I have been diagnosed with UC (Ulcerative Colitis) since 2008 but may have had symptoms since childhood (the 70s). The most empowering moment of my life was when the doctor explained to me what this illness was, what most likely (there is never a singular cause) is happening to me, and how to make my life easier even during the flareups.
Let me share how UC has shaped my life (for the better) as it seems my flareups are chronic and have been so prevalent this entire year.
1. I changed my attitude towards UC to choosing the motto “I don’t live with UC; UC lives with me.” I have acknowledged it being a part of my life but yet it is not powering over me no matter how bad the flareups become.
2. I have learned to be resilient. I have accepted that each day of my life is going to be different as the flareups come and go and its extent also varies. My toughest time during a very bad flareup was when we experienced the March 2011 Japan earthquake and tsunami and being in fear of a tsunami while I was burning up with a fever and bleeding. After this ordeal, I knew there was nothing I couldn’t get through and this only made me stronger.
3. My zest for life only improved. I have learned that I can be successful, I can continue to learn my education in spite of having UC. If anything, it made my learning experience and being able to sit in a classroom without the need to lay down or use the bathroom so much more compelling. My professors were aware of my illness so that helped me relax a bit in class and knew once it was over and I find a good private restroom; my symptoms seemed to cease for a bit.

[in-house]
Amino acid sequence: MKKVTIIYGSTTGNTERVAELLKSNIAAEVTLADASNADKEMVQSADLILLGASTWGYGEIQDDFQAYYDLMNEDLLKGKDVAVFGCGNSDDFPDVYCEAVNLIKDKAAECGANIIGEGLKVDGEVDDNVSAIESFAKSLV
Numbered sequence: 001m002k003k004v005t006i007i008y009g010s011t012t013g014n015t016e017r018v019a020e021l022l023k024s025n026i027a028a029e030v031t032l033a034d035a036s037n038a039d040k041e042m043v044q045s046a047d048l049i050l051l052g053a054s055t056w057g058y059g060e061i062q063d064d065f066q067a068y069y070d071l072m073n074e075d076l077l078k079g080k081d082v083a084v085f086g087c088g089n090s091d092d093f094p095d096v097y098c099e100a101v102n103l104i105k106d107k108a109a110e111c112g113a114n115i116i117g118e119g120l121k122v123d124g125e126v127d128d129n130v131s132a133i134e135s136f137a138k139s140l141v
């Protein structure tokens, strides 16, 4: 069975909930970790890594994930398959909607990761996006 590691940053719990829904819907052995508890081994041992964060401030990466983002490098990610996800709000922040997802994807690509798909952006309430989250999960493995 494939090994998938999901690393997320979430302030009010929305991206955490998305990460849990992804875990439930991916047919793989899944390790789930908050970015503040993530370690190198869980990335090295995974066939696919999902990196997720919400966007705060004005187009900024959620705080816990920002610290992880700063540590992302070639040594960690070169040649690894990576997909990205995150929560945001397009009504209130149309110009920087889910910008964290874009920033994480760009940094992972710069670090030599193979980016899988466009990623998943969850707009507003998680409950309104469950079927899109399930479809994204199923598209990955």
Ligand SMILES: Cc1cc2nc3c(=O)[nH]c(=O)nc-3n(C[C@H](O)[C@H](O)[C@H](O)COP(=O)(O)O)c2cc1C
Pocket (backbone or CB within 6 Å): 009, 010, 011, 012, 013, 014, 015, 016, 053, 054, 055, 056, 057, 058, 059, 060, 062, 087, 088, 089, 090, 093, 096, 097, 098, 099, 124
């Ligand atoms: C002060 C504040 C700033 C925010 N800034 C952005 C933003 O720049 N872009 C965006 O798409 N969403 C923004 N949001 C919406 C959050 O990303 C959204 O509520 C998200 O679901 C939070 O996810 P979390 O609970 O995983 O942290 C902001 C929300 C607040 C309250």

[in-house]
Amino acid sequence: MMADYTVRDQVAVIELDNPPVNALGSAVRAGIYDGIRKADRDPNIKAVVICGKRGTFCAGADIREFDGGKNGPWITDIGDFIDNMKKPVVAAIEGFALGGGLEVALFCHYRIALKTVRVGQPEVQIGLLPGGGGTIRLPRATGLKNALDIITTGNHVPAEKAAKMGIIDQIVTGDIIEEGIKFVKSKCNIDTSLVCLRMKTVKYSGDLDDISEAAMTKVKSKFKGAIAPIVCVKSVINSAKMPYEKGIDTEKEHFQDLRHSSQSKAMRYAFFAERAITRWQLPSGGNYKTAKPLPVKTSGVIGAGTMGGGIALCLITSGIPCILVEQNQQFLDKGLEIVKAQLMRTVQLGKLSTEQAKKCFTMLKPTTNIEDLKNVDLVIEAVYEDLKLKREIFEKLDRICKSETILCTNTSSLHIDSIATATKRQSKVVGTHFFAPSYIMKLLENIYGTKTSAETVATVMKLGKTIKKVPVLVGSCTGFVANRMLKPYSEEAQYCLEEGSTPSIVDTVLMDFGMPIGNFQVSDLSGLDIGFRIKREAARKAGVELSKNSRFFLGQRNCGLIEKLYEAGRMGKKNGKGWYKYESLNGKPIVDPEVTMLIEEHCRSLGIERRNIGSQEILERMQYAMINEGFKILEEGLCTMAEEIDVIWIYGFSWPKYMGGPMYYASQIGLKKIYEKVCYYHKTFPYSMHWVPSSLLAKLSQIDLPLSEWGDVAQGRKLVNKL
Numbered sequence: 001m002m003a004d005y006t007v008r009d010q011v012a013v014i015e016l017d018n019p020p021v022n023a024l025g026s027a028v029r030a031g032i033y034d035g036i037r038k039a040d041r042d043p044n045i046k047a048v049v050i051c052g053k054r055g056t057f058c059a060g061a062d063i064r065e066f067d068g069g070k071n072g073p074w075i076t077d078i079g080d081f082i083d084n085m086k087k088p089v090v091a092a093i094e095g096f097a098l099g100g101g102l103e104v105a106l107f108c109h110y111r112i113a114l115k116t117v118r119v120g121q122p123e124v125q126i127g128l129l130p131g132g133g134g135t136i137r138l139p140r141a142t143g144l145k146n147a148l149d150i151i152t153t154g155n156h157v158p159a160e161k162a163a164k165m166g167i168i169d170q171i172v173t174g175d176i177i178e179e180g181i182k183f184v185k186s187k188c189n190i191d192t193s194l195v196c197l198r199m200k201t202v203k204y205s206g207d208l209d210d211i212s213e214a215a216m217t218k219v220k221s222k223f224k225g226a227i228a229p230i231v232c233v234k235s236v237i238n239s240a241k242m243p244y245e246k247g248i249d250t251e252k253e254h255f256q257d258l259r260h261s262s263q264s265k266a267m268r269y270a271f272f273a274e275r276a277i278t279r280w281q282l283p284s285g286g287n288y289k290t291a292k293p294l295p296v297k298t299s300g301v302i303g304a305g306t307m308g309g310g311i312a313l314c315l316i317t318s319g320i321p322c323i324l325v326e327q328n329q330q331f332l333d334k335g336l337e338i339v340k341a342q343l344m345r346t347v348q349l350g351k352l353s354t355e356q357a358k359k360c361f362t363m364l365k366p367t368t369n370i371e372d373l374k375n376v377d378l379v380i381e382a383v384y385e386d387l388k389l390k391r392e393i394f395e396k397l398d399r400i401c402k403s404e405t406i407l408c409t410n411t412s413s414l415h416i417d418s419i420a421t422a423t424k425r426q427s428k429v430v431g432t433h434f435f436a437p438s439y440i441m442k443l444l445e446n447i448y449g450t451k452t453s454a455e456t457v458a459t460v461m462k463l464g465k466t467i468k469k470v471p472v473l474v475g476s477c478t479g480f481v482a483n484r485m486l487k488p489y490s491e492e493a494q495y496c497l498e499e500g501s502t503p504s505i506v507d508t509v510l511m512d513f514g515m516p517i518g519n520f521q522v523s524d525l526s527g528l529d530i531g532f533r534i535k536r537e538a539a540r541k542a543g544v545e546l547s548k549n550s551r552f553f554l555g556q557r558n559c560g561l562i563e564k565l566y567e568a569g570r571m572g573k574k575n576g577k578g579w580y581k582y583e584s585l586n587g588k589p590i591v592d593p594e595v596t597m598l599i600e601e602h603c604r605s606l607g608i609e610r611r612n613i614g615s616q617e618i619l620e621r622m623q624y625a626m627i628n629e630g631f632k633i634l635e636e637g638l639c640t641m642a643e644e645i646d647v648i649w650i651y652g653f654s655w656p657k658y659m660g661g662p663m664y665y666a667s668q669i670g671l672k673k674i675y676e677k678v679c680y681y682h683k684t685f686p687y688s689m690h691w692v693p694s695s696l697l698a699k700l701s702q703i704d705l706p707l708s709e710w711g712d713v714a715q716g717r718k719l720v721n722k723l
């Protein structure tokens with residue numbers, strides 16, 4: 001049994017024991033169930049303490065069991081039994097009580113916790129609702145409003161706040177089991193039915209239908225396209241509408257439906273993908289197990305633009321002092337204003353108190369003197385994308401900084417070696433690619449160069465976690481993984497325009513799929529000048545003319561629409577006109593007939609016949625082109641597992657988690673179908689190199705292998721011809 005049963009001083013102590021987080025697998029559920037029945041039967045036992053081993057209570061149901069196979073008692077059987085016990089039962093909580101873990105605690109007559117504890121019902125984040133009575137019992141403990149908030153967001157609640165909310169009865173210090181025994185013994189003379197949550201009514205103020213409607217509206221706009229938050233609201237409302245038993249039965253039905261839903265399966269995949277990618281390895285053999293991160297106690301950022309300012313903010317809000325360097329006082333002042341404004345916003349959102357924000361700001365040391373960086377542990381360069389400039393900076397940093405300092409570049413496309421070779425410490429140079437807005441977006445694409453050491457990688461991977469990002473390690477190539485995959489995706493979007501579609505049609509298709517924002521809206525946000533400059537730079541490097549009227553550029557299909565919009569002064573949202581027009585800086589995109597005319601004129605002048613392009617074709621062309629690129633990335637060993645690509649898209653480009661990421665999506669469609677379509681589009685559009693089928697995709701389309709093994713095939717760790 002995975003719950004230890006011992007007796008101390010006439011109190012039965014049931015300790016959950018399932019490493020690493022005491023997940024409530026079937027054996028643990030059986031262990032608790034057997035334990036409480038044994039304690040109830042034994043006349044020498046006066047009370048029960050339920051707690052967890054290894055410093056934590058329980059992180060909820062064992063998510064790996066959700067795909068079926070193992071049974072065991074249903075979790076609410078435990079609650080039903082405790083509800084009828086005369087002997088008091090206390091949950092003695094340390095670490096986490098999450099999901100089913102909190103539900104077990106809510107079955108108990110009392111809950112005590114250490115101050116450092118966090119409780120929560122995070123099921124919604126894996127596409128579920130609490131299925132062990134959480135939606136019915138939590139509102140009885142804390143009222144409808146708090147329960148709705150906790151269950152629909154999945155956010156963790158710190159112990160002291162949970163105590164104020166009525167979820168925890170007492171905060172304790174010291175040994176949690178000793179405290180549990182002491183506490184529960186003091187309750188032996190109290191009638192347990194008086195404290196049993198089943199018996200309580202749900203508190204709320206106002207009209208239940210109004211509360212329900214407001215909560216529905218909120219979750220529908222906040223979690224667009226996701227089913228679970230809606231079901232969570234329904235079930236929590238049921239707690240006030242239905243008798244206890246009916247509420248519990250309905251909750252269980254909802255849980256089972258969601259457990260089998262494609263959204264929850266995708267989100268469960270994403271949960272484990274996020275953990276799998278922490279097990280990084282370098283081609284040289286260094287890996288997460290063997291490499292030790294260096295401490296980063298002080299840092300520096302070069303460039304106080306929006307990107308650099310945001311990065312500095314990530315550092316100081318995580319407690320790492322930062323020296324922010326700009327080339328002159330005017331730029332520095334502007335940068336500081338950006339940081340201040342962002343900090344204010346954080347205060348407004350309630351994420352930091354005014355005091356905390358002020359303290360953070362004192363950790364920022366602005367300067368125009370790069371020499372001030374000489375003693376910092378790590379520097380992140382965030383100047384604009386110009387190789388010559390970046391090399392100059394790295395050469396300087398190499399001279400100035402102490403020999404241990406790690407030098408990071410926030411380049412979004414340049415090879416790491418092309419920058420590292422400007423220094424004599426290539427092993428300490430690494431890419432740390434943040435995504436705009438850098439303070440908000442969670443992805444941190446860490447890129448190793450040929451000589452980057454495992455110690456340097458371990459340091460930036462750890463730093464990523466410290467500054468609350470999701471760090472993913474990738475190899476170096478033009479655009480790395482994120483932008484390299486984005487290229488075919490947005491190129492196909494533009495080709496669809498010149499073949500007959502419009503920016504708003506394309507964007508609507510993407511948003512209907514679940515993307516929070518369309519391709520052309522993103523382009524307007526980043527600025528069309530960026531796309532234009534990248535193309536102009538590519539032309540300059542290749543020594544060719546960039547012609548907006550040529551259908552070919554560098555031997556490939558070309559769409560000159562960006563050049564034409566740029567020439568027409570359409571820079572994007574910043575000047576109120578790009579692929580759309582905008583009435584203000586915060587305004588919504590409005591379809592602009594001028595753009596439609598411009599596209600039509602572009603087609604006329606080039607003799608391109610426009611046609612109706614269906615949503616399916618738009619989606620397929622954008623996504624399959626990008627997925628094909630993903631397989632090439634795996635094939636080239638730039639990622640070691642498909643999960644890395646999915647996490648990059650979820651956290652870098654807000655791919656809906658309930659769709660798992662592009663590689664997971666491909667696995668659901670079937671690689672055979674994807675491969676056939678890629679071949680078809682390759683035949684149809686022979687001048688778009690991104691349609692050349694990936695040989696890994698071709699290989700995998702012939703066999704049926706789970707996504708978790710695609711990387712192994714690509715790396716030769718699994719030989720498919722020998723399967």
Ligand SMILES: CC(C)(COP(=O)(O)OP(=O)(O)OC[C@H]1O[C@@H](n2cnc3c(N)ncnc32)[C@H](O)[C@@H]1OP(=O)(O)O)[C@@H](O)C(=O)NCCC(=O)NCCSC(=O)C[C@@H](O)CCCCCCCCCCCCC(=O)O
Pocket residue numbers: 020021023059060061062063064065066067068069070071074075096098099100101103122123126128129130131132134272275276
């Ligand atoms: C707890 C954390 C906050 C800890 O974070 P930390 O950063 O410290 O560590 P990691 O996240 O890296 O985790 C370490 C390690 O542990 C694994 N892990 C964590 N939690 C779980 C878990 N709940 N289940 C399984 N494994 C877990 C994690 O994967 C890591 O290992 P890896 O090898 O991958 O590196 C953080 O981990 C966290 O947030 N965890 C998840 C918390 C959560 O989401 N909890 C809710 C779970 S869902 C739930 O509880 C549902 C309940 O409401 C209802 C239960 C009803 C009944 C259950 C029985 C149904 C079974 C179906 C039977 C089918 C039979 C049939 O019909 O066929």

Hope this inspires you to never give up on life but continue what you are doing or wish to do even more. We are all in this together and nothing, not even UC can deter us from our dreams and successes. This only enhances it!
My name is a Jonz, a 40 year old college student in Sociology in the Hawaiian Islands. I have been diagnosed with Ulcerative Colitis by Dr. Grant Chen here in Honolulu, Hawaii who was from China but moved here to Hawaii to practice medicine. Ulcerative Colitis was actually something he learned in Shanghai so he was able to easily see the symptoms and know how to monitor it easier than my veteran general practitioner. What I am about to say that is quite unique about this situation is that UC is not only a major condition in my life, but a blessing in disguise which I will explain further. With UC, I entered a new chapter in my life and am ready to share that chapter.